In addition to misrepresenting the substance of my remarks, Mr. Mallon’s article includes contemptuous remarks about my faith — I am a lifelong Catholic — that are appallingly beyond the pale. His article is part of an unfortunate and deeply offensive campaign attacking Catholics in public life based on the selective enforcement of theological orthodoxy. (Mr. Mallon does not address, for example, church teachings on the death penalty or artificial birth control. Does he believe people who support access to contraceptives or who support current death penalty laws are anti-Catholic?)

I am proud of People for the American Way’s work to preserve constitutional rights and liberties, including the separation of church and state. And I am proud to be part of a long and still vibrant tradition of Catholic social justice advocacy.



People for the American Way


Author’s Response:

Ralph Neas accuses me of distorting his remarks in my Op-Ed, “Bias and judicial nominees.” He says, “Mr. Mallon leaves out the reference to civil rights, which is clearly audible on a tape of the show, in order to try to bolster his case that the debate about judicial nominees is a question of nominees’ theological position on abortion rather than about their judicial philosophy regarding the Constitution and laws.”

This is not true, as I was working from a Lexis-Nexus transcript of his remarks that did not pick up the “civil rights” reference, and did not have access to a tape. But it makes no difference. To a Catholic who thinks with the church, it is an oxymoron to use the term “civil rights” in the same sentence with the ideological euphemism “reproductive rights,” used here to mean the snuffing out of the lives and civil rights of the unborn.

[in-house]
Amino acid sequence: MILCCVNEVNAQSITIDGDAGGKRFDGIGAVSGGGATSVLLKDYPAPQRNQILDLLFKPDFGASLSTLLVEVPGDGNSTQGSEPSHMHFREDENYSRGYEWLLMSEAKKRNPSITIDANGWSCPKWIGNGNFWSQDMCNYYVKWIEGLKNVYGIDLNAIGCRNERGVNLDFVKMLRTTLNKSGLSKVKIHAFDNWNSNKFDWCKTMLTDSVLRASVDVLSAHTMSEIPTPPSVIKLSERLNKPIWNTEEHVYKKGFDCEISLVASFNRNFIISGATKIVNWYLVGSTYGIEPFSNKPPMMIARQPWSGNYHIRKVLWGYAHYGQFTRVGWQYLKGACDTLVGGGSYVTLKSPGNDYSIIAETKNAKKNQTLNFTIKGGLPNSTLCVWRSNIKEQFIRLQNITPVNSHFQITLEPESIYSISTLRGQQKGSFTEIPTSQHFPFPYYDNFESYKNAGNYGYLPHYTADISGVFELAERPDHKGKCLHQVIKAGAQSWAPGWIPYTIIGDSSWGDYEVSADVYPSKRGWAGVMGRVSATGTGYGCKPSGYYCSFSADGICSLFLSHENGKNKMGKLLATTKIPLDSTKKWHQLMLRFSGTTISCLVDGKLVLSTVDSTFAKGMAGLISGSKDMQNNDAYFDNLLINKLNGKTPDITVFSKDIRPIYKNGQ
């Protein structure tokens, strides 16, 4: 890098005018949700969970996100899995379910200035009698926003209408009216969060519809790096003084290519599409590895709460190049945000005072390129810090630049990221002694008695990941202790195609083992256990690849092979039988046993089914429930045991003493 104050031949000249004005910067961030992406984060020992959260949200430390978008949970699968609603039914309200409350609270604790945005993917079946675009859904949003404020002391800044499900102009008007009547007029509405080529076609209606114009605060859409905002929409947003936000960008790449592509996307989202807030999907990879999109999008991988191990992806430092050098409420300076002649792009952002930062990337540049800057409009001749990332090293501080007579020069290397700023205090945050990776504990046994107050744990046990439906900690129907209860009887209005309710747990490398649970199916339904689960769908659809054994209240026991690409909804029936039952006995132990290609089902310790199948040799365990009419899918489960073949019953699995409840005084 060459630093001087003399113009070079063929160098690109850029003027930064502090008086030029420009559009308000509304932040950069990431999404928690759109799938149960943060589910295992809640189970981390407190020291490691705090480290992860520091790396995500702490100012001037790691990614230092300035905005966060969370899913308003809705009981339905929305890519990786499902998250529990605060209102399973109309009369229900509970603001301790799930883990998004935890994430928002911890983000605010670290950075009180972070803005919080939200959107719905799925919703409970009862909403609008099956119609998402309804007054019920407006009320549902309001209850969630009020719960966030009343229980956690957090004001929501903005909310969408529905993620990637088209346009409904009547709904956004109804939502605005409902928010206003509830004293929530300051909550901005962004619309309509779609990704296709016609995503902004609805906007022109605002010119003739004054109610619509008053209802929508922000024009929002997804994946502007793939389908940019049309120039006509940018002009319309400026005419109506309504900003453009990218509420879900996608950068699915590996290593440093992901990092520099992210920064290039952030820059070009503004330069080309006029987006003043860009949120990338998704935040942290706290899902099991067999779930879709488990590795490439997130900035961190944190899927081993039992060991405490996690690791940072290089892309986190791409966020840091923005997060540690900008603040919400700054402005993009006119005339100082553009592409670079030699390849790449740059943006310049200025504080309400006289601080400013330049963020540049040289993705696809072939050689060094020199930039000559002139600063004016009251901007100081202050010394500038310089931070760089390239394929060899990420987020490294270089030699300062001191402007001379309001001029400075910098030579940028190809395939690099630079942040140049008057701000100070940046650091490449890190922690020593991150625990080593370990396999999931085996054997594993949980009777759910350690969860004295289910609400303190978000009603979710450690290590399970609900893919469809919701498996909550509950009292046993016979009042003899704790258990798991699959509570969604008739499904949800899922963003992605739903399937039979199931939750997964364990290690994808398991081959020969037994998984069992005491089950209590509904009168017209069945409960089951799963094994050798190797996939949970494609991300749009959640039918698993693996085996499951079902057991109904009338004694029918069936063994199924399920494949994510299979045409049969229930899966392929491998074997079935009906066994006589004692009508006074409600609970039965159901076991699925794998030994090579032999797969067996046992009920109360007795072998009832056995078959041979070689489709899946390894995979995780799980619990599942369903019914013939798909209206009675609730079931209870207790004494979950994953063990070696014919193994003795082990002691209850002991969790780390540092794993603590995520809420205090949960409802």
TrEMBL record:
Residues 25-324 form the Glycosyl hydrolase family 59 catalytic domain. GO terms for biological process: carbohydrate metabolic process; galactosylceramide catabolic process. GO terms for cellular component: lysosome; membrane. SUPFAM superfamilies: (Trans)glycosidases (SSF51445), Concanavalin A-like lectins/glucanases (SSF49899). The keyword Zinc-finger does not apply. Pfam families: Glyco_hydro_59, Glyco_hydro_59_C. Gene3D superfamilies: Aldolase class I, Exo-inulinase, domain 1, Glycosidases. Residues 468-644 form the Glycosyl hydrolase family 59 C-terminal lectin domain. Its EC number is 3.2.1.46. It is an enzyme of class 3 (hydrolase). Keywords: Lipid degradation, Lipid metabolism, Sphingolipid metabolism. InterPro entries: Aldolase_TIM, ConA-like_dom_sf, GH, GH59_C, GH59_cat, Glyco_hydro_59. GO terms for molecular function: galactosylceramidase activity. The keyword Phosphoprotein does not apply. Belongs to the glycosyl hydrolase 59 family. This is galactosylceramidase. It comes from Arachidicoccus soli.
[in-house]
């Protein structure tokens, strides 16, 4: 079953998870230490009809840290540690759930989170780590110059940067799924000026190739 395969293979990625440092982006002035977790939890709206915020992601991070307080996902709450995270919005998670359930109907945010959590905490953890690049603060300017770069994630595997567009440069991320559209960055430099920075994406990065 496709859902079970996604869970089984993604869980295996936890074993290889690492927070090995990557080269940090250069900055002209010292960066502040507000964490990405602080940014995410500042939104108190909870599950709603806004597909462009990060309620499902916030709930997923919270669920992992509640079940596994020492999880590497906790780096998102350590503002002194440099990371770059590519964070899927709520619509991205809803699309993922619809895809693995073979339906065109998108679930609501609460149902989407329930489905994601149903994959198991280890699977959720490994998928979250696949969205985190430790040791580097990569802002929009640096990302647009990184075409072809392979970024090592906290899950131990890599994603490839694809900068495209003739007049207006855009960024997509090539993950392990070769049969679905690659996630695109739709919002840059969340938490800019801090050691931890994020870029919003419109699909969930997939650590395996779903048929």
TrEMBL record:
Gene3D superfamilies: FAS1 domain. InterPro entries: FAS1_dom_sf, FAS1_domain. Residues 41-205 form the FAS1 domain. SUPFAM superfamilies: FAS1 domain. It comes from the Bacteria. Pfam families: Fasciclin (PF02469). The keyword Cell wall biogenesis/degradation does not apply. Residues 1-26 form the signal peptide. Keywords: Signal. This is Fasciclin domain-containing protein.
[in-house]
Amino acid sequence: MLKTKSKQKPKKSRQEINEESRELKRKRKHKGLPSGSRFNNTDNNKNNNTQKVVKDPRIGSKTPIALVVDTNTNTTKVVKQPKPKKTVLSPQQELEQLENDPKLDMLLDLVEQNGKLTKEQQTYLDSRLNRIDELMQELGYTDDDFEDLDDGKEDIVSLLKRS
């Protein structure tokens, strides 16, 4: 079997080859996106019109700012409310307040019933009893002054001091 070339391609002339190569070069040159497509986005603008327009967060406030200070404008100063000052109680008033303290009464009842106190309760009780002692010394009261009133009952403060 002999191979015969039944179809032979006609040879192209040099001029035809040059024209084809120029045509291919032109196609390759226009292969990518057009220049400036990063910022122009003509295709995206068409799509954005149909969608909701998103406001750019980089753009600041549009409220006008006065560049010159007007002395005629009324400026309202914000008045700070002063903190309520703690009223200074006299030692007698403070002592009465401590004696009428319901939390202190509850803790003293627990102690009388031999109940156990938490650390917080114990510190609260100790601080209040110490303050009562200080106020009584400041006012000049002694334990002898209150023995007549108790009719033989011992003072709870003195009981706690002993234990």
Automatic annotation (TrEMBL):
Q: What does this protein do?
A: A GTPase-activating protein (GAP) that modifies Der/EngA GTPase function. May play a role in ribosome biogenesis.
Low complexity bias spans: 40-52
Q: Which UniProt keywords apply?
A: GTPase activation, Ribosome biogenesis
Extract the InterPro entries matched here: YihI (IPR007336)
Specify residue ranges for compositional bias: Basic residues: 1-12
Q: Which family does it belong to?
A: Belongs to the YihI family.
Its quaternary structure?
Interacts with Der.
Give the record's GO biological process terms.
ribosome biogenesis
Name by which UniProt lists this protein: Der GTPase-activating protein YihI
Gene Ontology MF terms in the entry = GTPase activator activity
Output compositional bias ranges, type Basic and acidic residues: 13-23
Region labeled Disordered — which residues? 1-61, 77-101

He asserts that “a woman’s right to choose” (another offensive ideological euphemism) is “supported by a majority of American Catholics.” I question those statistics, but, even if true, then those Catholics will have to take that up with God, either here or in the hereafter, assuming the notion is not too quaint for them, because in terms of Catholicism, they are in grave error. Not that I can convince them, but here is what their church says on the matter:

“It must in any case be clearly understood that whatever may be laid down by civil law in this matter, man can never obey a law which is in itself immoral, and such is the case of a law which would admit in principle the liceity of abortion. Nor can he take part in a propaganda campaign in favor of such a law, or vote for it. Moreover, he may not collaborate in its application.” (Declaration on Procured Abortion, No. 22, Congregation for the Doctrine of the Faith, Nov. 18, 1974)

As I said in my article, if one chooses to see this as so much poppycock, that is his or her freedom of choice. The problem is claiming to be Catholic while doing so. But my article was about integrity. Speaking of which, Mr. Neas mentions the death penalty. A Catholic of integrity may support the death penalty because, unlike abortion, in terms of moral theology, executing a convicted criminal is not an intrinsically evil act. It is permissible in certain cases, while directly killing an unborn child is not. As for birth control, science is revealing more and more the abortifacient (abortion causing) effects of widespread chemical methods.

Mr. Neas says my article “includes contemptuous remarks about my faith — I am a lifelong Catholic — that are appallingly beyond the pale.” On the contrary, it is the public scandal of Catholics promoting abortion that is contemptuous of the Catholic faith and appallingly beyond the pale.

In short, despite Mr. Neas’ assertions, any “social justice” advocacy that includes a “right” to abortion is not Catholic, and for many Americans, not the American way.


Oklahoma City